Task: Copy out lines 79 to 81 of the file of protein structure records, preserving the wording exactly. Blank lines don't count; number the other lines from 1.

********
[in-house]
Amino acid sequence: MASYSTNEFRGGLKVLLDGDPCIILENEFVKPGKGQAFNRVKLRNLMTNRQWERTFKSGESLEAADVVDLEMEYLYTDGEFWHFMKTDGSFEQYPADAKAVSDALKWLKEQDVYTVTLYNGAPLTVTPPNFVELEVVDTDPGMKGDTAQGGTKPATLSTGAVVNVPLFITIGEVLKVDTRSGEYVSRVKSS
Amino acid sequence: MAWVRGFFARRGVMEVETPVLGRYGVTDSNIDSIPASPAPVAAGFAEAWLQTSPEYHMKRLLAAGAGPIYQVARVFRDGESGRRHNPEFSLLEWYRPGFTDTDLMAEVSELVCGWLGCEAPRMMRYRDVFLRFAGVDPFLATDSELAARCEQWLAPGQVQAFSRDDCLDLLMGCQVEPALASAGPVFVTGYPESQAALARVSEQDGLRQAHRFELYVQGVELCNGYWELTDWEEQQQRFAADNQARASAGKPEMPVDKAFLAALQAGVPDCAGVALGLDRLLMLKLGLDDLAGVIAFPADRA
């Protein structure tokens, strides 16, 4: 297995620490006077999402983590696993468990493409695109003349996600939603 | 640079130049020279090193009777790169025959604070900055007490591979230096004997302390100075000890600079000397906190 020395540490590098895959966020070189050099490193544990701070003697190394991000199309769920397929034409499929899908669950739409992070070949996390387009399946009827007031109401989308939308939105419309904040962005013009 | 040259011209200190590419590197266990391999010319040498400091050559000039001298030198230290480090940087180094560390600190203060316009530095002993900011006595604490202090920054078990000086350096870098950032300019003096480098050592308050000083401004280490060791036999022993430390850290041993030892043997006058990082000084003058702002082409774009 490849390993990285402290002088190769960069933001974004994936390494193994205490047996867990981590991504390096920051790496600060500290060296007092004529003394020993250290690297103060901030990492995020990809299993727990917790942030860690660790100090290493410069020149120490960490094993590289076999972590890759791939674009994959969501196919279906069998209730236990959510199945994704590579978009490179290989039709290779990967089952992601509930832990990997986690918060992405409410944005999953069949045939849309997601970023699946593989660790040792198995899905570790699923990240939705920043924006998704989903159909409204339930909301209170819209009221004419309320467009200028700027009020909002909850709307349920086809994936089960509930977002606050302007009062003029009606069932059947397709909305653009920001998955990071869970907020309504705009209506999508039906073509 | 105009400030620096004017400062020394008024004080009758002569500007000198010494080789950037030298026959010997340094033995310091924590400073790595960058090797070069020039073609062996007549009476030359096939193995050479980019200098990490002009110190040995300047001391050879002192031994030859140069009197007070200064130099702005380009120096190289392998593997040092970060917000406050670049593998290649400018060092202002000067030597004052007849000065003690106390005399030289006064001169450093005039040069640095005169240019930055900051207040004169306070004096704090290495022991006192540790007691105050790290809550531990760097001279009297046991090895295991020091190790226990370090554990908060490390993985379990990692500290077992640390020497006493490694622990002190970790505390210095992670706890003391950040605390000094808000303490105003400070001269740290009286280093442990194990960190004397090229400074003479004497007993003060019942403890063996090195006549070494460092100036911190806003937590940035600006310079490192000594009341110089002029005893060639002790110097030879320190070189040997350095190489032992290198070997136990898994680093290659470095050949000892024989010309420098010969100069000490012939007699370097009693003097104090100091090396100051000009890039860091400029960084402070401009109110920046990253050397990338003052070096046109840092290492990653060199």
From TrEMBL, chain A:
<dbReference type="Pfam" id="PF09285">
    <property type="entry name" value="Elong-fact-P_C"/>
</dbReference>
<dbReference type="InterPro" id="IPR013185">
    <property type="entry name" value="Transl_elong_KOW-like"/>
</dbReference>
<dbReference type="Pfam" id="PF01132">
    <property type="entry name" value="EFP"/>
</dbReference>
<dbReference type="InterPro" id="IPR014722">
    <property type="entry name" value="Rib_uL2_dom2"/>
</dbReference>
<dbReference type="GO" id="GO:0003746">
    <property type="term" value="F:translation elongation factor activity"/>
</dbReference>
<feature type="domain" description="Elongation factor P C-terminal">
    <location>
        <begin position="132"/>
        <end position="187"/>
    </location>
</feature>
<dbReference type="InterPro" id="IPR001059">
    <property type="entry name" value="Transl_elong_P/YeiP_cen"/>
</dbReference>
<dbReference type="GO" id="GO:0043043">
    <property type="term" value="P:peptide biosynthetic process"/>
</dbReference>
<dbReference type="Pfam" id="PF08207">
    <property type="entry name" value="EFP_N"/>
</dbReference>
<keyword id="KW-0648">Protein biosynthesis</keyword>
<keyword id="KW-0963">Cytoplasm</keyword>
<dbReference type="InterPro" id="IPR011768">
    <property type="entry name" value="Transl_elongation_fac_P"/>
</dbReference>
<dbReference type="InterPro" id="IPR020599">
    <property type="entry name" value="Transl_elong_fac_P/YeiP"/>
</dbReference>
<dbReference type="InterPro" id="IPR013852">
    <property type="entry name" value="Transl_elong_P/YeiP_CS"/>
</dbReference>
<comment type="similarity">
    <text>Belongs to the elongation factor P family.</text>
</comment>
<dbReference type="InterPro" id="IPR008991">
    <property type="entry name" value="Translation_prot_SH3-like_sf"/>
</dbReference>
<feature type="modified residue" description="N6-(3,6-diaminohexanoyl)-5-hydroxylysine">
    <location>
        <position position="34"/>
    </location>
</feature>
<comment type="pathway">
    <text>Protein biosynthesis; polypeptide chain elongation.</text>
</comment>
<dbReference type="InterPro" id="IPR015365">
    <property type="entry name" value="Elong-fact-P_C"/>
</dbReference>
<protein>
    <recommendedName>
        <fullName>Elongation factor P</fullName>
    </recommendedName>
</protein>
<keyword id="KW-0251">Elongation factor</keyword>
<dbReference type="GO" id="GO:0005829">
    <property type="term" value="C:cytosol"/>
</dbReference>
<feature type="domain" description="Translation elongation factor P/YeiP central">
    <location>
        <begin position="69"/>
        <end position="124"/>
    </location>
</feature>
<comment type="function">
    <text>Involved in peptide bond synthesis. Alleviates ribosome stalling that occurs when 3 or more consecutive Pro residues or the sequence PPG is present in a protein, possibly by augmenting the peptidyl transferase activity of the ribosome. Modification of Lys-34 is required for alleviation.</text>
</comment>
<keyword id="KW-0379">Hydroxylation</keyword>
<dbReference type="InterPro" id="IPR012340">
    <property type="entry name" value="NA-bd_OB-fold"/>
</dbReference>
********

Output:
<comment type="function">
    <text>Involved in peptide bond synthesis. Alleviates ribosome stalling that occurs when 3 or more consecutive Pro residues or the sequence PPG is present in a protein, possibly by augmenting the peptidyl transferase activity of the ribosome. Modification of Lys-34 is required for alleviation.</text>
</comment>